Canada: Monthly Survey of Manufacturing, July 2017

Manufacturing sales decreased 2.6% to $52.5 billion in July, following a 1.9% decline in June. The decrease was primarily the result of lower sales of motor vehicles and motor vehicle parts. Excluding motor vehicles and motor vehicle parts, manufacturing sales increased 0.2%.

Sales were down in 9 of 21 industries, representing 57% of the manufacturing sector. Sales of durable goods decreased 4.6%, while sales of non-durable goods declined 0.2%.

In constant dollars, sales were down 1.4% in July, indicating a decline in the volume of manufactured goods sold.

Transportation equipment drops as a result of lower motor vehicle and parts sales

Sales in the transportation equipment industry fell 13.8% to $9.6 billion in July, for a second consecutive monthly decline. This is the largest monthly decrease since May 2009. The decrease was the result of declines in the motor vehicle (-19.9%) and the motor vehicle parts (-11.3%) industries. Motor vehicle assembly plants have annual shut downs during the summer months. This year, the shutdowns were longer and more concentrated in the month of July compared with previous years. Changes to vehicle models being manufactured in Canada also contributed to the decline. Sales of motor vehicle parts closely track production at the motor vehicle assembly plants. In constant dollars, motor vehicle sales were down 17.5%, while motor vehicle parts decreased 9.3%.

Decreases were also seen in the food industry (-0.9%), particularly in the meat product and seafood product and packaging sub-industries. In real terms, sales in the food industry declined 0.6%, reflecting a decrease in the volume of goods sold.

These declines were partially offset by increases in wood products (+2.3%), primary metals (+1.9%) and non-metallic mineral products (+4.4%). Sales in constant dollars for these industries increased 2.1%, 4.9% and 4.5%, respectively, indicating that higher volumes of goods sold were responsible for the gains.

Sales fall in Ontario

Sales decreased in seven provinces in July, led by Ontario and Alberta.

Sales in Ontario decreased 6.1% to $24.1 billion in July, the largest decrease since January 2009. The decrease in July was attributable to motor vehicles (-20.8%) and motor vehicle parts (-11.5%).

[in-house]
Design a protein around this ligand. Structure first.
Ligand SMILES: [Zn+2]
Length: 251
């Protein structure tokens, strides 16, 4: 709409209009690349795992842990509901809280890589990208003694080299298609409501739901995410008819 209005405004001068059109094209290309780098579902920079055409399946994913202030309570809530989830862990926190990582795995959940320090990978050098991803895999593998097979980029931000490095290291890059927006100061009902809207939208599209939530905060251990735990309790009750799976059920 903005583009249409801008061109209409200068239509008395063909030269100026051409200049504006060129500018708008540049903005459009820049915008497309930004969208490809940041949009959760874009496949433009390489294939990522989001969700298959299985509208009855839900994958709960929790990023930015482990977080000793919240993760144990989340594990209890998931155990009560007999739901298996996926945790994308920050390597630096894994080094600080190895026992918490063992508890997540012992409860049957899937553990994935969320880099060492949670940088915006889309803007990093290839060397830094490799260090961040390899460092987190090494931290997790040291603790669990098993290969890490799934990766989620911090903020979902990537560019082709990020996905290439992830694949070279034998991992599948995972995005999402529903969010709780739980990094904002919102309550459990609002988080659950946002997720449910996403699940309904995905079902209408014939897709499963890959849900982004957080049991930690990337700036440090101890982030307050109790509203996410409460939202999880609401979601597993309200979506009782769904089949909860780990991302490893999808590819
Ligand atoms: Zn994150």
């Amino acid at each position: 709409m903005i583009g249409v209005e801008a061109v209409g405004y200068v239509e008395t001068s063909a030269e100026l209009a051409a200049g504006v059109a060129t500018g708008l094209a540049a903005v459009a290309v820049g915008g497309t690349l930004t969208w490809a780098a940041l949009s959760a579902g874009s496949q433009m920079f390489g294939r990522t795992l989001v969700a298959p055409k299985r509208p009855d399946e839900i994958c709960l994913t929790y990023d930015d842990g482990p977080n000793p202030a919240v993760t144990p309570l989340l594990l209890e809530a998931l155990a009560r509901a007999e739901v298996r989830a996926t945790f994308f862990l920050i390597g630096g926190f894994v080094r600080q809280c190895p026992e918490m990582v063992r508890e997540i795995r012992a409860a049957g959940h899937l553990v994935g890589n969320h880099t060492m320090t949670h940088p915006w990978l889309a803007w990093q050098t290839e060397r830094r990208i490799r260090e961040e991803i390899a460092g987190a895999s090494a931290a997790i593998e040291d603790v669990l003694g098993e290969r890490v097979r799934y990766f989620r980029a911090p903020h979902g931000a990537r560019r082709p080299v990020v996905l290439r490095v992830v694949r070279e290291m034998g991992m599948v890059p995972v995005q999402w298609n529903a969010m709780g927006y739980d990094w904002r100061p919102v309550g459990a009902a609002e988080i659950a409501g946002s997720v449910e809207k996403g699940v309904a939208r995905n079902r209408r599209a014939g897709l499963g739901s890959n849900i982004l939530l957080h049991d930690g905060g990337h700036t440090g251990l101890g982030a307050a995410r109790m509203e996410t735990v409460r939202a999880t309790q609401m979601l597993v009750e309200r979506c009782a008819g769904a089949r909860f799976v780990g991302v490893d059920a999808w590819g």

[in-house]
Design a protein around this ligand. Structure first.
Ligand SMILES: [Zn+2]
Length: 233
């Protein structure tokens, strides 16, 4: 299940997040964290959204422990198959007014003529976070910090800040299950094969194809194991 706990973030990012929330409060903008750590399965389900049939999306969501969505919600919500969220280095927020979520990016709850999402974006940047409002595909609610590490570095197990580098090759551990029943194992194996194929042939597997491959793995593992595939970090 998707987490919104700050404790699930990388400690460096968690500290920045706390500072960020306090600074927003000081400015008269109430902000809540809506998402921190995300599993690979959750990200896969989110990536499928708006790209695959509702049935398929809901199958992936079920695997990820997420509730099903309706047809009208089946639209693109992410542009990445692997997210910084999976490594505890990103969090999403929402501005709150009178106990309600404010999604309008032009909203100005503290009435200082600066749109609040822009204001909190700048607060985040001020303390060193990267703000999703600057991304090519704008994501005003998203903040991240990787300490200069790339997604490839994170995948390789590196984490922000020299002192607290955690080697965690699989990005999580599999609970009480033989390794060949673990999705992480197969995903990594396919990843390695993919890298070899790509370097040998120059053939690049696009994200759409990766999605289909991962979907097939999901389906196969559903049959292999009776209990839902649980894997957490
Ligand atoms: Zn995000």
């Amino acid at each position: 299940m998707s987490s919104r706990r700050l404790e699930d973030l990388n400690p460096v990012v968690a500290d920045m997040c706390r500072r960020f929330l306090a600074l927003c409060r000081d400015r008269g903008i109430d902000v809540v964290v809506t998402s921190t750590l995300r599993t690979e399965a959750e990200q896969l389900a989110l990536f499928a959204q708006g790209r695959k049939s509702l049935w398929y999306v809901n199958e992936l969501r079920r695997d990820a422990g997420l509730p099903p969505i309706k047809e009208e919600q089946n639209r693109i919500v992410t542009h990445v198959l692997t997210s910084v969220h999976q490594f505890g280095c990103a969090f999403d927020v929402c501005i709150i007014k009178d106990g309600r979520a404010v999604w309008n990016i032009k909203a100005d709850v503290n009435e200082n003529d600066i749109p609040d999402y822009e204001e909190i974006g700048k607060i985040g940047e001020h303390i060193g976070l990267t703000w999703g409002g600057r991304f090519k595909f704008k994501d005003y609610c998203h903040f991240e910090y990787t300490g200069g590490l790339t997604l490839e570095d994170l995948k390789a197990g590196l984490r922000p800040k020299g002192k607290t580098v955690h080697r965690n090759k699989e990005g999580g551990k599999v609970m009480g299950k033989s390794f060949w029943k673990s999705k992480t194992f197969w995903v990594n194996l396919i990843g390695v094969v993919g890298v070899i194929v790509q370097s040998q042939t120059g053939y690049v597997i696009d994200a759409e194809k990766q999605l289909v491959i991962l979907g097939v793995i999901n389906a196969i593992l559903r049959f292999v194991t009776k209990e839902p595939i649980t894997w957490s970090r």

The sales decline of 3.4% in Alberta was driven by decreases in chemicals (-6.5%), fabricated metal products (-8.3%), petroleum and coal products (-3.0%) and food (-2.1%). Year over year, both food and fabricated metal products were up 4.4% and 13.2%, respectively. The decrease in food comes after five consecutive monthly increases.

In Quebec, sales rose 4.3% to $13.0 billion with 16 of 21 industries posting an increase. The growth was partly attributable to the primary metals industry (+9.1%). Sales also increased in the transportation equipment (+5.2%), wood product (+7.3%) and food (+2.4%) industries.

Inventories edge down

Inventories for the manufacturing sector edged down 0.2% to $73.7 billion in July. This was the third consecutive monthly decline.

The majority of the decreases came from aerospace product and parts (-2.4%), followed by primary metals (-0.9%), food (-0.7%) and chemicals (-0.6%).

The inventory-to-sales ratio increased from 1.37 in June to 1.40 in July. The increase in the ratio reflects the fact that the decline in sales was larger than the decline in inventories. The inventory-to-sales ratio measures the time, in months, that would be required to exhaust inventories if sales were to remain at their current level.

Unfilled orders decline

Unfilled orders fell 1.7% to $86.2 billion in July, the third consecutive monthly decline. Most of the decrease was due to a drop in unfilled orders in the aerospace product and parts (-3.9%) industry.

These declines were partially offset by an increase in unfilled orders in machinery (+2.9%) and fabricated metal products (+1.9%).

New orders declined 1.7% to $51.1 billion in July. The decrease mostly reflected lower new orders in motor vehicles, and in aerospace product and parts. These declines in July were partially offset by higher new orders in fabricated metal products, and in computer and electronic products.


This article is for general information purposes only. It is not investment advice or a solution to buy or sell securities. Opinions are the authors; not necessarily that of OANDA Corporation or any of its affiliates, subsidiaries, officers or directors. Leveraged trading is high risk and not suitable for all. You could lose all of your deposited funds.

Dean Popplewell

Dean Popplewell

Vice-President of Market Analysis at MarketPulse
Dean Popplewell has nearly two decades of experience trading currencies and fixed income instruments. He has a deep understanding of market fundamentals and the impact of global events on capital markets. He is respected among professional traders for his skilled analysis and career history as global head of trading for firms such as Scotia Capital and BMO Nesbitt Burns. Since joining OANDA in 2006, Dean has played an instrumental role in driving awareness of the forex market as an emerging asset class for retail investors, as well as providing expert counsel to a number of internal teams on how to best serve clients and industry stakeholders.
Dean Popplewell